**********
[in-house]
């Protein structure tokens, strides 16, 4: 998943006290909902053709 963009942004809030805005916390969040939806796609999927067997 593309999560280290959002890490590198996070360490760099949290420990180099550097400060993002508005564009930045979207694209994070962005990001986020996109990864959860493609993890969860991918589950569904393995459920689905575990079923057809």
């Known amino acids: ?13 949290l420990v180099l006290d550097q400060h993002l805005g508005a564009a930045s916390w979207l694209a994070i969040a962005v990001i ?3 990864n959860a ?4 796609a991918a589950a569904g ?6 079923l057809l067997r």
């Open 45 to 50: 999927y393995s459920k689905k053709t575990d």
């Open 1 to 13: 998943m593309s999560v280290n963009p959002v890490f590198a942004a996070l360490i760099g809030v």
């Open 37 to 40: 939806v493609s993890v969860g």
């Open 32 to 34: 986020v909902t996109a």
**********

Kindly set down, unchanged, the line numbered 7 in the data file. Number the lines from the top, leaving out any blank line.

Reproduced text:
């Open 32 to 34: 986020v909902t996109a």